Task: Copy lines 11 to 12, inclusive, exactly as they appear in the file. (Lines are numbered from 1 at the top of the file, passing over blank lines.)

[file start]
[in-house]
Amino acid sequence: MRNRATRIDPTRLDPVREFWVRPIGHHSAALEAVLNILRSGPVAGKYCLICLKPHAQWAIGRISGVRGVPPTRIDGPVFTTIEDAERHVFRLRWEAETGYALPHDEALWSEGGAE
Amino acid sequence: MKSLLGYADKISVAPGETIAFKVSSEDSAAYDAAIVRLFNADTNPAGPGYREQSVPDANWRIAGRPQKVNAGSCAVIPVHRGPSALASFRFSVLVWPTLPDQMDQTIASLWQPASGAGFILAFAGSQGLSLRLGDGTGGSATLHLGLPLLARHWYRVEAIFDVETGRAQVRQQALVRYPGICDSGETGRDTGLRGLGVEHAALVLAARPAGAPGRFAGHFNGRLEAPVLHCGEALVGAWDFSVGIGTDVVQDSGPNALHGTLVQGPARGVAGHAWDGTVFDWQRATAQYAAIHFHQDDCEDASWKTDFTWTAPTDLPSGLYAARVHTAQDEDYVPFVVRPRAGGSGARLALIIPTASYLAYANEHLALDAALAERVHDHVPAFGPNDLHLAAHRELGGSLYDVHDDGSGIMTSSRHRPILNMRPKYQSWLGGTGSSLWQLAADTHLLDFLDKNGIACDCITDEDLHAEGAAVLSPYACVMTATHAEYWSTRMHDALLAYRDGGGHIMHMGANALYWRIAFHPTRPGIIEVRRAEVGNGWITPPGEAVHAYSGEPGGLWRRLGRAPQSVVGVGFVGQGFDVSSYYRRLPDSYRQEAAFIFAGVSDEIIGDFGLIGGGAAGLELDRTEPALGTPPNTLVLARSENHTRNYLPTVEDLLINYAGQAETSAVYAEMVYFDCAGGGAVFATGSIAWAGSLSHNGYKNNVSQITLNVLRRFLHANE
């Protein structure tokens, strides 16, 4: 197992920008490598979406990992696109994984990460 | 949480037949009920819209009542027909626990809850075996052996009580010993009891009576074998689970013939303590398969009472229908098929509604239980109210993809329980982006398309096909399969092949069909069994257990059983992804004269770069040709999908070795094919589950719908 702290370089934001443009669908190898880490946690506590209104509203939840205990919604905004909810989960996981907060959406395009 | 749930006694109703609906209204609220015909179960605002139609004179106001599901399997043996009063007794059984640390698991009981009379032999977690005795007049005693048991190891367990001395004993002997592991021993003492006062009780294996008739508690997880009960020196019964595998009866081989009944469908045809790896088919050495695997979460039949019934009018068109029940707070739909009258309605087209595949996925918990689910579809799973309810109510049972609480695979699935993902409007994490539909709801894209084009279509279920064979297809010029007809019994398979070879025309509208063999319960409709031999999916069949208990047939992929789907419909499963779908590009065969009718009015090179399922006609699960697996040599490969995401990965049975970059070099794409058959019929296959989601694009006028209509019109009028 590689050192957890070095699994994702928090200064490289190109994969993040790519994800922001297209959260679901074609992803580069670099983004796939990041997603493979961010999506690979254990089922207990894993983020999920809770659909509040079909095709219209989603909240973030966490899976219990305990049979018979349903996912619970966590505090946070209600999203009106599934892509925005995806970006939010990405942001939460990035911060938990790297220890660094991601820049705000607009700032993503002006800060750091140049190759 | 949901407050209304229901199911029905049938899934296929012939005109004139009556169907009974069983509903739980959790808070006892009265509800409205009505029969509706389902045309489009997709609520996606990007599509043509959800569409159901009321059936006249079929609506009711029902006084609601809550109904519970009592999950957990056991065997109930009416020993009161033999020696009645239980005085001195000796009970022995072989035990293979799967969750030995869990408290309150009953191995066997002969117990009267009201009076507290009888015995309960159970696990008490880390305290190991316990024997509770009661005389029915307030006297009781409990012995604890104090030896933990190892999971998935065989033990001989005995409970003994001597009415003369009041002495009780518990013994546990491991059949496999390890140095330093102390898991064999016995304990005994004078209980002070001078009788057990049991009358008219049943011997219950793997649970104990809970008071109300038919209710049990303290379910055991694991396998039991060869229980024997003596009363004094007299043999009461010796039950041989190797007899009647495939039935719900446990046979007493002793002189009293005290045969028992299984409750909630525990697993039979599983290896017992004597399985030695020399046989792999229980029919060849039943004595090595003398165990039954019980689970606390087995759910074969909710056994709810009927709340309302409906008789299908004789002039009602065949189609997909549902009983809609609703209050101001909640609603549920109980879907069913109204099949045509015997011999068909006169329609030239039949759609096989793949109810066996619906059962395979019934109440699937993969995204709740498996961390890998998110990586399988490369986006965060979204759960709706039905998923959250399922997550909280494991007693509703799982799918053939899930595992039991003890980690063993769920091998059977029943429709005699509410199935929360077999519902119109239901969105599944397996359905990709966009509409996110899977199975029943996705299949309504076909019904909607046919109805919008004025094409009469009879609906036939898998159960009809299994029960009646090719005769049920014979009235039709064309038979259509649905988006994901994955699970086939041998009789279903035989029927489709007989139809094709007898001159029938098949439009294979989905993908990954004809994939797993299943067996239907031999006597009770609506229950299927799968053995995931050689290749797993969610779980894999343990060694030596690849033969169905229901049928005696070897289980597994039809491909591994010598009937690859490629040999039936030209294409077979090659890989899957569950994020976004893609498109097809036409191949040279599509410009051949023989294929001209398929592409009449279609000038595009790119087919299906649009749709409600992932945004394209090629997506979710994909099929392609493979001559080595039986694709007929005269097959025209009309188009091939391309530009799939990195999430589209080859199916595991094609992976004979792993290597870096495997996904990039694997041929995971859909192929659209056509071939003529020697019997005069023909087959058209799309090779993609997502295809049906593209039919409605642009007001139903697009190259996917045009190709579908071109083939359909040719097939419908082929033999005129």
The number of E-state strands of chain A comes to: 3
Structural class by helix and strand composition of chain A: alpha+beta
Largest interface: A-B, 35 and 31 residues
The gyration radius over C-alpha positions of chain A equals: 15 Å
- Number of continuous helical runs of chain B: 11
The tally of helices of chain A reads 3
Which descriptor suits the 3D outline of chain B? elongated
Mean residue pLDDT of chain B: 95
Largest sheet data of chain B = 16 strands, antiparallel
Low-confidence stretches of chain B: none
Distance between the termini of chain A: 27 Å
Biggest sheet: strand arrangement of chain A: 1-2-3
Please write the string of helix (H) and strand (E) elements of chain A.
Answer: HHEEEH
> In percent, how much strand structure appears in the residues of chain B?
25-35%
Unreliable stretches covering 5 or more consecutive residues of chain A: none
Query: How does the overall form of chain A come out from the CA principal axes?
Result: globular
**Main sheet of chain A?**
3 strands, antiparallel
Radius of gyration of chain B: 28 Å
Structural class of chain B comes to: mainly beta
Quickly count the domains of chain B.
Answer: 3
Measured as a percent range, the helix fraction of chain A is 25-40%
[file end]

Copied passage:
Which descriptor suits the 3D outline of chain B? elongated
Mean residue pLDDT of chain B: 95